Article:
Vein Center

Venous Insufficiency (VI) & Chronic Venous Insufficiency (CVI)

What is Venous Insufficiency?

Venous insufficiency (VI) is a condition that occurs when the veins of the legs are not working properly and have difficulty sending blood back to the heart. Chronic venous insufficiency (CVI) is another name for the condition, due to its long-term nature. VI/CVI can cause what is known as “venous stasis,” a condition where the blood collects or pools in the veins.

Other names for VI/CVI include:
  • Venous reflux disease
  • Chronic venous stasis
  • Chronic venous disease
  • Leg ulcer
  • Varicose veins

Symptoms of Venous Insufficiency & Chronic Venous Insufficiency

Venous insufficiency (VI) and chronic venous insufficiency (CVI) can lead to potentially severe consequences— most notably pulmonary embolism. Pulmonary embolisms occur when a blood clot blocks the flow of blood to the lungs and starves the lung tissue of oxygen.

Treatment becomes more complex as CVI progresses. Due to these factors, watching for the following symptoms and getting early treatment are important.

Venous insufficiency symptoms in the legs include:
  • Cramping
  • Dull aching
  • Feeling of heaviness
  • Irritated or cracked skin
  • Itching and tingling
  • Lipodermatosclerosis: thickening & hardening of the skin on the legs and ankles
  • Pain
  • Pain that abates when legs are raised
  • Pain that worsens when standing
  • Slow-healing wounds or ulcers on the legs or ankles
  • Stasis dermatitis: red, swollen, crusted, or weepy skin
  • Surface varicose veins & spider veins
  • Swelling

When CVI becomes more progressed, more invasive treatments may be recommended.

Symptoms that may require invasive treatment include:
  • Leg pain that makes your legs feel heavy or tired
  • Skin sores that do not heal or recur
  • Thickening and hardening of the skin on your legs and ankles

CVI is associated with varicose veins, which are enlarged, swollen and twisted veins close to the surface of the skin that often appear blue or purple. They can occur almost anywhere, but most commonly occur in the legs. Spider veins are also common, which are smaller red, purple, and blue twisted vessels that are visible under the surface of the skin.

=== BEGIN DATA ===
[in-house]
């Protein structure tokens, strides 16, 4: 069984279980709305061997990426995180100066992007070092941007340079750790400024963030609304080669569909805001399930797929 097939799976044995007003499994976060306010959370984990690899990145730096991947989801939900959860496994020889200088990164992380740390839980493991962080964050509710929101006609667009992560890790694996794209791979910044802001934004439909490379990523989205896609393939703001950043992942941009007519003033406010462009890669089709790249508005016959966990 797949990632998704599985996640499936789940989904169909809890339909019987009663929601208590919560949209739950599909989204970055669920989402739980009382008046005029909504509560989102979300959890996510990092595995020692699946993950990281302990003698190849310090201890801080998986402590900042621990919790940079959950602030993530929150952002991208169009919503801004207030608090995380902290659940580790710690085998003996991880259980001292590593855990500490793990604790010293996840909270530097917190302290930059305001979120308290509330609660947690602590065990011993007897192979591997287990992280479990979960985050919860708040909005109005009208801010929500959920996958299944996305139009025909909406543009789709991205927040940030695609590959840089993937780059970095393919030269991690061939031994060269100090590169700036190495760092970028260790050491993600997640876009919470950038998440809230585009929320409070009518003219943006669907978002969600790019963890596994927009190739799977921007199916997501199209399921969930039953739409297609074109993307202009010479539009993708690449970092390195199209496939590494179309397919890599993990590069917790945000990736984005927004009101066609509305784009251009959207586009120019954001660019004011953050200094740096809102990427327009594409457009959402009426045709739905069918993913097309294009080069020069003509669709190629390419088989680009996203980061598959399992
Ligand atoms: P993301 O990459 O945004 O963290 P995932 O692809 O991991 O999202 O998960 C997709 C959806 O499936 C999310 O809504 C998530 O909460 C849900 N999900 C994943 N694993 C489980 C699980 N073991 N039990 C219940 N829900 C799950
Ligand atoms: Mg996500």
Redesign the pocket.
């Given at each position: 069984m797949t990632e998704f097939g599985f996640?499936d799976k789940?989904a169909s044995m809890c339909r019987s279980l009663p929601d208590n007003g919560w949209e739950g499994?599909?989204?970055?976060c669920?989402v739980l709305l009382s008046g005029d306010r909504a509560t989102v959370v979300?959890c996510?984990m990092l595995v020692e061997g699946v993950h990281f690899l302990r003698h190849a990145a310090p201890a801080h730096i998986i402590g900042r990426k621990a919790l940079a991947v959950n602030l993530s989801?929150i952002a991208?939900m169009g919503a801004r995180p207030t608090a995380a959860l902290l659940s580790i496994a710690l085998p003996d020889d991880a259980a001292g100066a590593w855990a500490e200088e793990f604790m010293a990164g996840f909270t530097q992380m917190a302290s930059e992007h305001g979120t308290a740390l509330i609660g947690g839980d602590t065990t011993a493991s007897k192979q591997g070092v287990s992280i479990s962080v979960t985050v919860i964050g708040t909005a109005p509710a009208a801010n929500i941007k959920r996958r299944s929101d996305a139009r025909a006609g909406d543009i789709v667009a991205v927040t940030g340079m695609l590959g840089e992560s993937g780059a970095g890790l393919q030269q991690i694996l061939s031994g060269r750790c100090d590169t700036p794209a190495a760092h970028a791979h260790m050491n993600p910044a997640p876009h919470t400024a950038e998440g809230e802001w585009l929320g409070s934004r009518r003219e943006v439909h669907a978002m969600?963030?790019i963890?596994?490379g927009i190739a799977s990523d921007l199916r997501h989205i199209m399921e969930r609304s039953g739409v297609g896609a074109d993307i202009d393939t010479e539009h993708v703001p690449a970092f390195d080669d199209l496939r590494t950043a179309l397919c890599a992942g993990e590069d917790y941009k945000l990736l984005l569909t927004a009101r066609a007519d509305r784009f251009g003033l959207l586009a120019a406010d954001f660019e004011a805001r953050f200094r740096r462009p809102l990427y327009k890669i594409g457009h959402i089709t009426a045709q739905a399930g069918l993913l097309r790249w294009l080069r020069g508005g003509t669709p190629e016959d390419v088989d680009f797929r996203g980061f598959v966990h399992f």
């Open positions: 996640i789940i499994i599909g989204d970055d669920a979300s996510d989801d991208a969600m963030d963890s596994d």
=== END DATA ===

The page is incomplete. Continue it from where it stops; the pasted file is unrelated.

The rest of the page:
CVI can also cause capillaries to burst— leading to local tissue inflammation and internal tissue damage. This condition causes ulcers on the skin surface. These venous stasis ulcers are difficult to heal and can easily become infected. If infection is not controlled, it can spread to surrounding tissue and cause a condition known as cellulitis.

Though there are many symptoms associated with VI and CVI, some people do not have any symptoms. These cases are more dangerous because patients may not be alerted to this serious problem.

Are you experiencing signs and symptoms of venous insufficiency (VI) and chronic venous insufficiency (CVI)? Schedule your consultation at Wellness & Surgery today.

Venous Insufficiency: Causes & Risk Factors

VI & CVI Causes

Malfunctioning vein valves and past blood clots are the most common causes of VI and CVI. When functioning properly, veins located deep in the legs keep blood moving toward the heart. In chronic venous insufficiency (CVI), vein walls become weak and valves are damaged. This damage causes the blood to leak backwards and stay in the veins, especially while standing.

CVI also may occur from pelvic tumors and vascular malformations. In some cases, no cause is determined.

When a blood clot gets stuck in a deep leg vein, this is a serious condition known as deep vein thrombosis (DVT).  CVI that occurs due to DVT is also known as post-thrombotic syndrome. Up to 30 percent of patients with DVT will develop CVI within 10 years of diagnosis.